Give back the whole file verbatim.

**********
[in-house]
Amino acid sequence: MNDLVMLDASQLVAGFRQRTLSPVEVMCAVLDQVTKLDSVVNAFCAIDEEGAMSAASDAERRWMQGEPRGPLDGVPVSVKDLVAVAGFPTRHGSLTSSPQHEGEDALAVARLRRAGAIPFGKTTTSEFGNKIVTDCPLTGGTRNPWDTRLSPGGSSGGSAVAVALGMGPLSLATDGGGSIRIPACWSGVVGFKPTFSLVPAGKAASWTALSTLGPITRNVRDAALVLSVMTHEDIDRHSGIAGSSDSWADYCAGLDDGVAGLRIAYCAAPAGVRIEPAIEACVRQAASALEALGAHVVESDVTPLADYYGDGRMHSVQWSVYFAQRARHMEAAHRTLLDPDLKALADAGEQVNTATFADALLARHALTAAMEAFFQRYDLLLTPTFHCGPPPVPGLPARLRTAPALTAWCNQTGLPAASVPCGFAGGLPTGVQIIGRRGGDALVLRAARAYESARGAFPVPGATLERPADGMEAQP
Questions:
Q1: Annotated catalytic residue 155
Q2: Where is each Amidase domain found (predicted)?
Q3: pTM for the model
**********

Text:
[in-house]
Amino acid sequence: MNDLVMLDASQLVAGFRQRTLSPVEVMCAVLDQVTKLDSVVNAFCAIDEEGAMSAASDAERRWMQGEPRGPLDGVPVSVKDLVAVAGFPTRHGSLTSSPQHEGEDALAVARLRRAGAIPFGKTTTSEFGNKIVTDCPLTGGTRNPWDTRLSPGGSSGGSAVAVALGMGPLSLATDGGGSIRIPACWSGVVGFKPTFSLVPAGKAASWTALSTLGPITRNVRDAALVLSVMTHEDIDRHSGIAGSSDSWADYCAGLDDGVAGLRIAYCAAPAGVRIEPAIEACVRQAASALEALGAHVVESDVTPLADYYGDGRMHSVQWSVYFAQRARHMEAAHRTLLDPDLKALADAGEQVNTATFADALLARHALTAAMEAFFQRYDLLLTPTFHCGPPPVPGLPARLRTAPALTAWCNQTGLPAASVPCGFAGGLPTGVQIIGRRGGDALVLRAARAYESARGAFPVPGATLERPADGMEAQP
Questions:
Q1: Annotated catalytic residue 155
Q2: Where is each Amidase domain found (predicted)?
Q3: pTM for the model